Tuesday, April 21, 2009

Being a blue belt is just like being a teenager.

I know this is not a novel concept but it really jumped into my mind tonight during class and after, so I wanted to share.

Adolescents are transitioning from childhood to adulthood. They often appear self-centered, completely convinced that their experience is unique and that no one really understands, especially parents or older people. They're trying out new identities, experimenting with trends, exploring values and learning about peer pressure.

If white belts are children, eagerly learning everything, slightly spazzy, full of boundless enthusiasm yet needing lots of guidance and supervision, then blue belts are the teenagers of jits. I base this on personal experience, intending no slam on other blues. Maybe I should be saying "I am going through my teenage years again" except that I hear this stuff from other blues, too.

I hear lots of other blues (and whites, and even purples) talk about the difficulties they experience as they grow and develop, and their problems sound familiar, but I'm pretty sure their experiences are nothing like mine (I'm not as coordinated! I'm weaker! Smaller! Definitely less disciplined, lower quality practice time, enjoy rolling too much and don't focus and concentrate enough.. etc. ad nauseum.) No one else really understands, because even other gals are bigger, stronger, lower bodyfat, more physically talented, progressed faster, didn't blow off triangles at the start of their experience, and so on.

People say "build your game around what you're best at" but hey, I haven't a clue what I'm best at 'till I try it all. So this month it's foot on bicep; maybe last month it was closed guard and before that, get on top and screw fighting from the back. This month I'm best at armbars, of all crazy damn things.. but next month when everyone is used to me doing that, I'll suck again (just like I suck at ezequiels now that people see them coming a mile away.) I'm trying out different identities left and right, imitating the "cool kids" at my school or on the world jits stage. What game are the smaller guys playing? how do they get away with all their coolness without getting smashed? I wanna be like them! And whatever I just learned is the sweetest thing since sliced bread, and will continue to be so, until I learn the next sweet thing.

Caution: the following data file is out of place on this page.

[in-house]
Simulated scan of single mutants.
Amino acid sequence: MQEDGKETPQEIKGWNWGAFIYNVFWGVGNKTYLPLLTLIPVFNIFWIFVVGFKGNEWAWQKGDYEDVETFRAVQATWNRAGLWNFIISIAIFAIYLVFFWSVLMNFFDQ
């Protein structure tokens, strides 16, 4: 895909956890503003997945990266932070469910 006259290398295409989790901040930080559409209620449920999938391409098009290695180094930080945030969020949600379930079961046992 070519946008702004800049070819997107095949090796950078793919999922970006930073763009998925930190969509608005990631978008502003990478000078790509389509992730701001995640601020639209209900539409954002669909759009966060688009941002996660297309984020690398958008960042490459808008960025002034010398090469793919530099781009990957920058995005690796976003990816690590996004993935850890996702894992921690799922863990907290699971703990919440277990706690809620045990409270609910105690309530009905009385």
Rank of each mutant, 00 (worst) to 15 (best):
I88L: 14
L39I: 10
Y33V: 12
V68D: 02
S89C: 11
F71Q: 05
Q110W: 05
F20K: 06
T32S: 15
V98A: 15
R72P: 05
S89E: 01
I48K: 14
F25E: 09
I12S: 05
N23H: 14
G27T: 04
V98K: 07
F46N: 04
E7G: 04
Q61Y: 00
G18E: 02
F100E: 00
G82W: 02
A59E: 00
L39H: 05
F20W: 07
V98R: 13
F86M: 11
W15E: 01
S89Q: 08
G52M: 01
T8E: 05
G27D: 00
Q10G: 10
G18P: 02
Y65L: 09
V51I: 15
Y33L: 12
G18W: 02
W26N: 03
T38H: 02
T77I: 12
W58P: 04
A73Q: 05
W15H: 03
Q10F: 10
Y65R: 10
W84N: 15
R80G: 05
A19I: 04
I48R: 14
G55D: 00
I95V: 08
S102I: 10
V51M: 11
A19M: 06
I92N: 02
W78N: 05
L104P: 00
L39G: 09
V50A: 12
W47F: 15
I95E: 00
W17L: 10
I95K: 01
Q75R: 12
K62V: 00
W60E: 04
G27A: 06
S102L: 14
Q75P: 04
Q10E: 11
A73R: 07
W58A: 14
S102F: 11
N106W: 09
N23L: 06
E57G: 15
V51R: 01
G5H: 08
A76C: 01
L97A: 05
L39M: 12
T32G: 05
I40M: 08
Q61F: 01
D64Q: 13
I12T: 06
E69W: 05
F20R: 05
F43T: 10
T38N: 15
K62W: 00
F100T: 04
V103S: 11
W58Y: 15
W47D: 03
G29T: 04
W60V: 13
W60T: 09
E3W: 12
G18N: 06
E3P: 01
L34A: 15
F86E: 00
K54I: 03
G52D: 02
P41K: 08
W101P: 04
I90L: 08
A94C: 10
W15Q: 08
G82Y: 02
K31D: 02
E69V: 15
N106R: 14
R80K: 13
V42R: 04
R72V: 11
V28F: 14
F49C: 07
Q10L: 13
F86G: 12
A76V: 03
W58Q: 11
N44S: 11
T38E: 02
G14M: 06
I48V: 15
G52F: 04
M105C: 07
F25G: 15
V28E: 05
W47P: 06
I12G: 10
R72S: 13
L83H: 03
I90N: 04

And peer pressure. It's sometimes hard to discern what will work for me from what works great for the brown belt who's built like a linebacker, or even what works for the white belt guy who's six inches taller than me. I want to incorporate all of everyone's techniques into my game, but really, I have to weed through stuff. I can just hear my mom, "If so-and-so jumped off the Empire State Building, would you?"

I keep remembering reading (somewhere, out there, on the boundless internet no doubt) that you will never profit by comparing your own learning curve and progress with that of others. I think it's really true. Just keep plugging along, do your best, stay out of trouble...

4 comments:

Meerkatsu said...

Umm, so a brown belt must be going through a mid-life crisis before retirement and leisurely pursuits beckon come the day you get black belt.
Nice post.

Anonymous said...

Nice post.

You must be having fun though, you go to hella lot of classes.

Scott said...

Nice post. Next time you come to me with a gimmicky move I'm going to tell you to "grow up". :)

Donald summed up what being a Black Belt is like very well for me last night and I think it goes along with your analogy (which works very well, btw):

He basically said being a black belt was intimidating because he knew how much he didn't know.

Jadon Ortlepp said...

I compare my present self (in terms of grappling ability) to my past self. If present self can beat up past self (say a month ago) then we have progress!.